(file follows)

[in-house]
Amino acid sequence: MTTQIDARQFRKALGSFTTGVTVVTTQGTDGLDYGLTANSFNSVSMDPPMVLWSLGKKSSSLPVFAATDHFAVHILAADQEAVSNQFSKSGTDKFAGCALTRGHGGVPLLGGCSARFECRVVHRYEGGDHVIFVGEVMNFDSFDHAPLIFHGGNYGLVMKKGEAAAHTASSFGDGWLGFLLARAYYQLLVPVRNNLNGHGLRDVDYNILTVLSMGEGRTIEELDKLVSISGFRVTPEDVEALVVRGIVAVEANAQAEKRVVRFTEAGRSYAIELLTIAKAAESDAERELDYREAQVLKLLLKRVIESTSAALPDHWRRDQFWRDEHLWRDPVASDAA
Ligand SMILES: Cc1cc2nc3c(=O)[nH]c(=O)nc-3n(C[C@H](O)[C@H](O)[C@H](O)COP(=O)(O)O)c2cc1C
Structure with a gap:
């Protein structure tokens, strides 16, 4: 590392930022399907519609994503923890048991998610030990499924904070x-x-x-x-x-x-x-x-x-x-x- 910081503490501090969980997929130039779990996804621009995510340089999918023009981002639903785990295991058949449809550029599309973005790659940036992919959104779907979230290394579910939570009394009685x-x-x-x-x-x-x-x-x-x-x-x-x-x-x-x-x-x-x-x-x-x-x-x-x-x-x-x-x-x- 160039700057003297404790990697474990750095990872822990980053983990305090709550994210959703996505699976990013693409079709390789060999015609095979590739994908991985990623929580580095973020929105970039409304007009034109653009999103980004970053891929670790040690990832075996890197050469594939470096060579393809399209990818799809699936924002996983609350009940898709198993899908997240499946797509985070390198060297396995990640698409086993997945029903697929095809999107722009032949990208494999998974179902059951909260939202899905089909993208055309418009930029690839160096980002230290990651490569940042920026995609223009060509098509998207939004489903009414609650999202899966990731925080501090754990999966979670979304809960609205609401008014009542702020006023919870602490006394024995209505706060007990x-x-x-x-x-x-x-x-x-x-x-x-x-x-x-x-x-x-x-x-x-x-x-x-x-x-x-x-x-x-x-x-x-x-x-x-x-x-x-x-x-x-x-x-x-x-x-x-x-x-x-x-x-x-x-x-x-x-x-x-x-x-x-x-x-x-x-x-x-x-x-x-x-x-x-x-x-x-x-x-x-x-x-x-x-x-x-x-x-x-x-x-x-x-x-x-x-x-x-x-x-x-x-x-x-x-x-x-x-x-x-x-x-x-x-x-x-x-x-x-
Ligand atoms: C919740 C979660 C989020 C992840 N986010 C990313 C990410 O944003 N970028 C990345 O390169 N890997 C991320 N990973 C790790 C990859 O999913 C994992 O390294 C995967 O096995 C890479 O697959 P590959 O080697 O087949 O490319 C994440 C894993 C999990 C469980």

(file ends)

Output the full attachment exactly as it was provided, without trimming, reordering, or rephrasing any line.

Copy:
[in-house]
Amino acid sequence: MTTQIDARQFRKALGSFTTGVTVVTTQGTDGLDYGLTANSFNSVSMDPPMVLWSLGKKSSSLPVFAATDHFAVHILAADQEAVSNQFSKSGTDKFAGCALTRGHGGVPLLGGCSARFECRVVHRYEGGDHVIFVGEVMNFDSFDHAPLIFHGGNYGLVMKKGEAAAHTASSFGDGWLGFLLARAYYQLLVPVRNNLNGHGLRDVDYNILTVLSMGEGRTIEELDKLVSISGFRVTPEDVEALVVRGIVAVEANAQAEKRVVRFTEAGRSYAIELLTIAKAAESDAERELDYREAQVLKLLLKRVIESTSAALPDHWRRDQFWRDEHLWRDPVASDAA
Ligand SMILES: Cc1cc2nc3c(=O)[nH]c(=O)nc-3n(C[C@H](O)[C@H](O)[C@H](O)COP(=O)(O)O)c2cc1C
Structure with a gap:
């Protein structure tokens, strides 16, 4: 590392930022399907519609994503923890048991998610030990499924904070x-x-x-x-x-x-x-x-x-x-x- 910081503490501090969980997929130039779990996804621009995510340089999918023009981002639903785990295991058949449809550029599309973005790659940036992919959104779907979230290394579910939570009394009685x-x-x-x-x-x-x-x-x-x-x-x-x-x-x-x-x-x-x-x-x-x-x-x-x-x-x-x-x-x- 160039700057003297404790990697474990750095990872822990980053983990305090709550994210959703996505699976990013693409079709390789060999015609095979590739994908991985990623929580580095973020929105970039409304007009034109653009999103980004970053891929670790040690990832075996890197050469594939470096060579393809399209990818799809699936924002996983609350009940898709198993899908997240499946797509985070390198060297396995990640698409086993997945029903697929095809999107722009032949990208494999998974179902059951909260939202899905089909993208055309418009930029690839160096980002230290990651490569940042920026995609223009060509098509998207939004489903009414609650999202899966990731925080501090754990999966979670979304809960609205609401008014009542702020006023919870602490006394024995209505706060007990x-x-x-x-x-x-x-x-x-x-x-x-x-x-x-x-x-x-x-x-x-x-x-x-x-x-x-x-x-x-x-x-x-x-x-x-x-x-x-x-x-x-x-x-x-x-x-x-x-x-x-x-x-x-x-x-x-x-x-x-x-x-x-x-x-x-x-x-x-x-x-x-x-x-x-x-x-x-x-x-x-x-x-x-x-x-x-x-x-x-x-x-x-x-x-x-x-x-x-x-x-x-x-x-x-x-x-x-x-x-x-x-x-x-x-x-x-x-x-x-
Ligand atoms: C919740 C979660 C989020 C992840 N986010 C990313 C990410 O944003 N970028 C990345 O390169 N890997 C991320 N990973 C790790 C990859 O999913 C994992 O390294 C995967 O096995 C890479 O697959 P590959 O080697 O087949 O490319 C994440 C894993 C999990 C469980």